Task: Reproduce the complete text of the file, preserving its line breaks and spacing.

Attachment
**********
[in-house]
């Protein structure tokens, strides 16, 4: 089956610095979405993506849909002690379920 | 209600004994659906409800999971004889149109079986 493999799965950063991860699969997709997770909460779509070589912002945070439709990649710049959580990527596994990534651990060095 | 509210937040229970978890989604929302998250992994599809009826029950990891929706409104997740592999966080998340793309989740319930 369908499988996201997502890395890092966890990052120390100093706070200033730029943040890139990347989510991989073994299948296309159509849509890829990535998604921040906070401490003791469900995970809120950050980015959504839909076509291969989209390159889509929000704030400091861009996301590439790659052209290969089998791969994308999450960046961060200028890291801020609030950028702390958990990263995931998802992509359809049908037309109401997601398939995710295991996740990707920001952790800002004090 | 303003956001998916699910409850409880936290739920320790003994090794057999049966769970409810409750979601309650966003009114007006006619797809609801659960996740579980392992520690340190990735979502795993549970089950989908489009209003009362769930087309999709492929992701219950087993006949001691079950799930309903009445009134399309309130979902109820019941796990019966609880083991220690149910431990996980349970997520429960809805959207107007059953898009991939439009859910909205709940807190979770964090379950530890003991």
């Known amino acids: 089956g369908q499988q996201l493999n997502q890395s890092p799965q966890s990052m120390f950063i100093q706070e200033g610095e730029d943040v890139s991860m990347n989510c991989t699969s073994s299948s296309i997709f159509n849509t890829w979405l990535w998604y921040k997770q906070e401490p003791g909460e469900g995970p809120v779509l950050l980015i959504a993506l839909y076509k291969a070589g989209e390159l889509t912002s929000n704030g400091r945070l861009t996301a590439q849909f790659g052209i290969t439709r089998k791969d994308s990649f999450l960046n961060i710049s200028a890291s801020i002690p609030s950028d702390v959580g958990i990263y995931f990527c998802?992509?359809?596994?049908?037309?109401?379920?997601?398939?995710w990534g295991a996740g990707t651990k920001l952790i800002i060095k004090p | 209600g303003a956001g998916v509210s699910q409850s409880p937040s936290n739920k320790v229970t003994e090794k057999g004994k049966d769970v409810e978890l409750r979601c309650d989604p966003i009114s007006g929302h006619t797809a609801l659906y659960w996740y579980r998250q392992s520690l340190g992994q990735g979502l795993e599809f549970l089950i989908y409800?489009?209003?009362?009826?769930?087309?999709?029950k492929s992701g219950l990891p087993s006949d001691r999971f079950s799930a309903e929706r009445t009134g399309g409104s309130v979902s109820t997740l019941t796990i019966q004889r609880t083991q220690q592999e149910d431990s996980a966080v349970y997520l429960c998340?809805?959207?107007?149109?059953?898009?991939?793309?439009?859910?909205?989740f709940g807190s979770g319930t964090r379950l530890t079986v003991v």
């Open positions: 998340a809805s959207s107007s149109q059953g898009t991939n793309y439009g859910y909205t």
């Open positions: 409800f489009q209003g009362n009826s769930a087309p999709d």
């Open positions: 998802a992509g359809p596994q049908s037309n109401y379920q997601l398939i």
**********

[in-house]
């Protein structure tokens, strides 16, 4: 089956610095979405993506849909002690379920 | 209600004994659906409800999971004889149109079986 493999799965950063991860699969997709997770909460779509070589912002945070439709990649710049959580990527596994990534651990060095 | 509210937040229970978890989604929302998250992994599809009826029950990891929706409104997740592999966080998340793309989740319930 369908499988996201997502890395890092966890990052120390100093706070200033730029943040890139990347989510991989073994299948296309159509849509890829990535998604921040906070401490003791469900995970809120950050980015959504839909076509291969989209390159889509929000704030400091861009996301590439790659052209290969089998791969994308999450960046961060200028890291801020609030950028702390958990990263995931998802992509359809049908037309109401997601398939995710295991996740990707920001952790800002004090 | 303003956001998916699910409850409880936290739920320790003994090794057999049966769970409810409750979601309650966003009114007006006619797809609801659960996740579980392992520690340190990735979502795993549970089950989908489009209003009362769930087309999709492929992701219950087993006949001691079950799930309903009445009134399309309130979902109820019941796990019966609880083991220690149910431990996980349970997520429960809805959207107007059953898009991939439009859910909205709940807190979770964090379950530890003991």
């Known amino acids: 089956g369908q499988q996201l493999n997502q890395s890092p799965q966890s990052m120390f950063i100093q706070e200033g610095e730029d943040v890139s991860m990347n989510c991989t699969s073994s299948s296309i997709f159509n849509t890829w979405l990535w998604y921040k997770q906070e401490p003791g909460e469900g995970p809120v779509l950050l980015i959504a993506l839909y076509k291969a070589g989209e390159l889509t912002s929000n704030g400091r945070l861009t996301a590439q849909f790659g052209i290969t439709r089998k791969d994308s990649f999450l960046n961060i710049s200028a890291s801020i002690p609030s950028d702390v959580g958990i990263y995931f990527c998802?992509?359809?596994?049908?037309?109401?379920?997601?398939?995710w990534g295991a996740g990707t651990k920001l952790i800002i060095k004090p | 209600g303003a956001g998916v509210s699910q409850s409880p937040s936290n739920k320790v229970t003994e090794k057999g004994k049966d769970v409810e978890l409750r979601c309650d989604p966003i009114s007006g929302h006619t797809a609801l659906y659960w996740y579980r998250q392992s520690l340190g992994q990735g979502l795993e599809f549970l089950i989908y409800?489009?209003?009362?009826?769930?087309?999709?029950k492929s992701g219950l990891p087993s006949d001691r999971f079950s799930a309903e929706r009445t009134g399309g409104s309130v979902s109820t997740l019941t796990i019966q004889r609880t083991q220690q592999e149910d431990s996980a966080v349970y997520l429960c998340?809805?959207?107007?149109?059953?898009?991939?793309?439009?859910?909205?989740f709940g807190s979770g319930t964090r379950l530890t079986v003991v």
């Open positions: 998340a809805s959207s107007s149109q059953g898009t991939n793309y439009g859910y909205t």
């Open positions: 409800f489009q209003g009362n009826s769930a087309p999709d």
């Open positions: 998802a992509g359809p596994q049908s037309n109401y379920q997601l398939i």